Cumming’s unparalleled imagination
Cumming’s unparalleled imagination
Twentieth century – E. E. Cummings’ poems created a stepping stone for his career in order to be considered as one of the greatest poet of the century. E. E. Cumming’s unparalleled imagination and ability to converse with its audience in a non-conforming manner, captivates his audience. E. E. Cummings’ is considered to be a conformist poet, as well as an individual, striving to be a staunch advocator regarding the concept of individuality and art. He plays with words then creates illustrations, pictures or art out of it, calling it his own poetry, significantly different from the style and works of other poets.
E. E. Cummings’ stated that “so far as I am concerned, poetry and every other art was and is and forever will be strictly and distinctly a question of individuality. ” E. E. Cummings’ nonlecture four considers man or individuality in relation to the public or the masses of the world. Somehow, there is a tone or atmosphere of rife with satire in E. E. Cumming’s nonlecture four. He first relates his point of view (his self) and to a person or individual he presents as “you. ” “You” can either be one person, or collectively pertain to a society, a group, or his readers.
Whether the word “you” pertains to an individual or to a society, still, the word “you” would seem to refer to individuality, that which may refer to the state of being separate from others. In his foreword to a book of poems called Is, E. E. Cummings’ states “my technique is either complicated or original or both, the publishers have politely requested me. ” He uses his work or self experience in relation to the publishers to show a certain connection of man and the society.
In addition to this, the readers will be able to see or observe how his work, or an individual, is affected by the publishers or the masses of the world and that the word “you” which he uses may actually refer to them. On the contrary, E. E. Cummings’ nonlecture five, highlights or deals more on personal or someone’s own and unique individuality. He defends himself and states “I am an Artist, I am a Man, I am a Failure,” which shows how strongly or frequently “I” is used as compared to the other nonlecture, which presents the use of “you” to pertain to the object of his work.
In addition to this, nonlecture five mostly deals with him and his own individuality, not like nonlecture four. The examples which E. E. Cummings’ uses in his nonlectures also provide evidence or strong convictions with regards to their subject matter. In nonlecture four, E. E. Cummings’ uses an example from the “An Imaginary Dialogue Between An Author and A Public. ” The dialogue which took place looks like a spoof or a lampoon.
On the other hand, by inspecting or looking at it in a different perspective, it can be said that again, he pertains or uses the subject matter “you” (the society or public) as he relates it to himself (the public talking to the author). The samples used by E. E. Cummings’ in nonlecture five however, present more of the individual or refers more to himself. Audience or readers would feel as if they are no longer part of the book or E. E. Cumming’s work because E. E. Cummings, instead of using “you”, mainly uses the word “him” who imaginatively talks back to “me”.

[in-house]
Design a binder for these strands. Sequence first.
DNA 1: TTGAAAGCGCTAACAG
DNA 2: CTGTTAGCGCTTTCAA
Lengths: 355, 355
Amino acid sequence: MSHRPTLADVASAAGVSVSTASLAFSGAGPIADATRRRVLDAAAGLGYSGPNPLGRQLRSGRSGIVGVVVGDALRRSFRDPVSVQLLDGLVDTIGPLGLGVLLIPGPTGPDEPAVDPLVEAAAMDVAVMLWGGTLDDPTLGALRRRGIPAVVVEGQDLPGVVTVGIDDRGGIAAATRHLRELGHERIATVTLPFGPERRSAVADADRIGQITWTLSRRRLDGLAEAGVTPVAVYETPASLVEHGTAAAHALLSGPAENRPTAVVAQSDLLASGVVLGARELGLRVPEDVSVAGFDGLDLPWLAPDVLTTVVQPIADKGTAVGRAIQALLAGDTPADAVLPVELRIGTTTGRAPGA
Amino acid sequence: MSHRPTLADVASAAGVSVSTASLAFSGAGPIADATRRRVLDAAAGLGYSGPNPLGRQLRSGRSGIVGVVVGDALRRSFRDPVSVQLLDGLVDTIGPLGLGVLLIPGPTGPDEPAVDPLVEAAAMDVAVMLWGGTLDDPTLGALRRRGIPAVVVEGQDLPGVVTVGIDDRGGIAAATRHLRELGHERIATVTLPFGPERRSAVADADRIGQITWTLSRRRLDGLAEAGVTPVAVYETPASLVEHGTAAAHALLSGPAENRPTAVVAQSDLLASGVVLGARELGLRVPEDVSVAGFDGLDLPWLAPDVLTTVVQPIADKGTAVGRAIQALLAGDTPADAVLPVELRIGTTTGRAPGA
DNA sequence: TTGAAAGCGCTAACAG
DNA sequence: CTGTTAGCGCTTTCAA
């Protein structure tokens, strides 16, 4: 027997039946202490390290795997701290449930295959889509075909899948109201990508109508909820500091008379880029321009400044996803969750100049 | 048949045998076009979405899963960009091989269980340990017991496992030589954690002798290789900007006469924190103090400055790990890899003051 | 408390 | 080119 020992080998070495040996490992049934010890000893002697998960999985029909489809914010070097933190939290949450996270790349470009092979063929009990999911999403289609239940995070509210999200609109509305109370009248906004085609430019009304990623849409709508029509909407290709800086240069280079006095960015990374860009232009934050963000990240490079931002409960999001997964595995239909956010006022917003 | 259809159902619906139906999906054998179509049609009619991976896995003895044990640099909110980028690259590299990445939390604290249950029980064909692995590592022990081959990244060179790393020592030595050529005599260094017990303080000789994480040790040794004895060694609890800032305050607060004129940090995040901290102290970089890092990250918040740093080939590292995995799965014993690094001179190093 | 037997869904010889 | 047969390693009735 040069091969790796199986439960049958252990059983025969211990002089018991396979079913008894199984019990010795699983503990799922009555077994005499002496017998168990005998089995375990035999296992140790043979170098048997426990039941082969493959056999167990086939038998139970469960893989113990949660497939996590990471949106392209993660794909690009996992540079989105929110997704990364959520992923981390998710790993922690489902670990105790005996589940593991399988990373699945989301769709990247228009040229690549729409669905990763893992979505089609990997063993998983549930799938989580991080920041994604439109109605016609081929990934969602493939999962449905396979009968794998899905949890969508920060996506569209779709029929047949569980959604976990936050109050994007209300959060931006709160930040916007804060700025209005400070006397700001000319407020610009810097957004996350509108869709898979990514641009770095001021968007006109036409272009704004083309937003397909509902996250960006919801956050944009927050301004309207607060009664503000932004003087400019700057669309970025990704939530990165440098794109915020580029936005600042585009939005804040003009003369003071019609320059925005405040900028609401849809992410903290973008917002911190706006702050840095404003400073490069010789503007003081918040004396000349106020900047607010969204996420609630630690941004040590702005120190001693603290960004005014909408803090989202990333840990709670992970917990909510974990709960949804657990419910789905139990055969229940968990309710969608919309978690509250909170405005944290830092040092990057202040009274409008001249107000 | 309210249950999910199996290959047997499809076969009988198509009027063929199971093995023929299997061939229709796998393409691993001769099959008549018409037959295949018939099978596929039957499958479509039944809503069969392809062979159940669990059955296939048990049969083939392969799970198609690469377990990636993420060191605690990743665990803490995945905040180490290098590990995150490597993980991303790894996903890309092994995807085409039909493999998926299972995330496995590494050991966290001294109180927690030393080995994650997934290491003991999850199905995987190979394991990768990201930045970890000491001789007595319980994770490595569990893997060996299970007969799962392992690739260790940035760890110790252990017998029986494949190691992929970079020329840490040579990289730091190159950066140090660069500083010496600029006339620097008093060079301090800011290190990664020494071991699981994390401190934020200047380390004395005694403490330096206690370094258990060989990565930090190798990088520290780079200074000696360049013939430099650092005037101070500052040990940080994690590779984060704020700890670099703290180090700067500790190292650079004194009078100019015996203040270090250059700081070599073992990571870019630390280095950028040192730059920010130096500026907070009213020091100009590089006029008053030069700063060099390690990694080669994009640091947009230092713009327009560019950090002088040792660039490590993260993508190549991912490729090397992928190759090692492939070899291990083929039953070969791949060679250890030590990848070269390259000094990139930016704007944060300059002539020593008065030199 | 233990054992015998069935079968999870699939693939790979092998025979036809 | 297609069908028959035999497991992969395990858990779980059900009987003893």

Somehow, at this point of view, it can be said the there is individuality, in the sense that the author only pertains to himself that excludes the others especially society as a whole. What I am trying to say it what E. E. Cummings’ present the concept of man and his in individuality in two different point of views; one from his self and the other from other people. Moreover, “poetry happens to be an art and artists happen to be human beings. ” “An artist doesn’t live in some geographical abstractions, superimposed on a part of this beautiful earth.
“Every artist’s strictly illimitable country is himself. ” E. E. Cummings near the last parts of nonlecture four, tries to make a connection to the nonlecture five. He first presents individuality, through an artist and provides art a manner justification as to when and how it should be applied to the artist’s country. There are some notions that to be a great artist, one must be on complete focus and that it requires so much time, neglecting any social life. However, from E. E. Cummings’ presentation in nonlecture four, this artist with the society, such notion is debunked.
In nonlecture five, E. E. Cummings states that “one thing does always concern this individual and that is fidelity to himself” and that “he and he alone can feel” while “art is a mystery. ” The individual is distinct and unique, yet art is shrouded in a shadow of anonymity. Moreover, in order for man to reach a higher position in life, it is better for him to proceed than to succeed or to experience failure rather than success, while his art is not filled with over confidence, something which may bring him and his art down. Through E. E.
Cummings’ thought provoking and mind boggling presentation of man and art in different perspectives, the readers are kept in different twists and turns even if the author is trying to pinpoint something directly. The use or play of words in these two nonlectures is really impressive, that one can hardly argue. Somehow, I think that individuality comes together with art, as E. E. Cummings is to his poetry and that simplicity of things that he wanted to present was shrouded by a sense of complexity from being an artist. Works Cited Cummings, E. E. Six Non-Lectures. Harvard: Harvard University Press, 1953.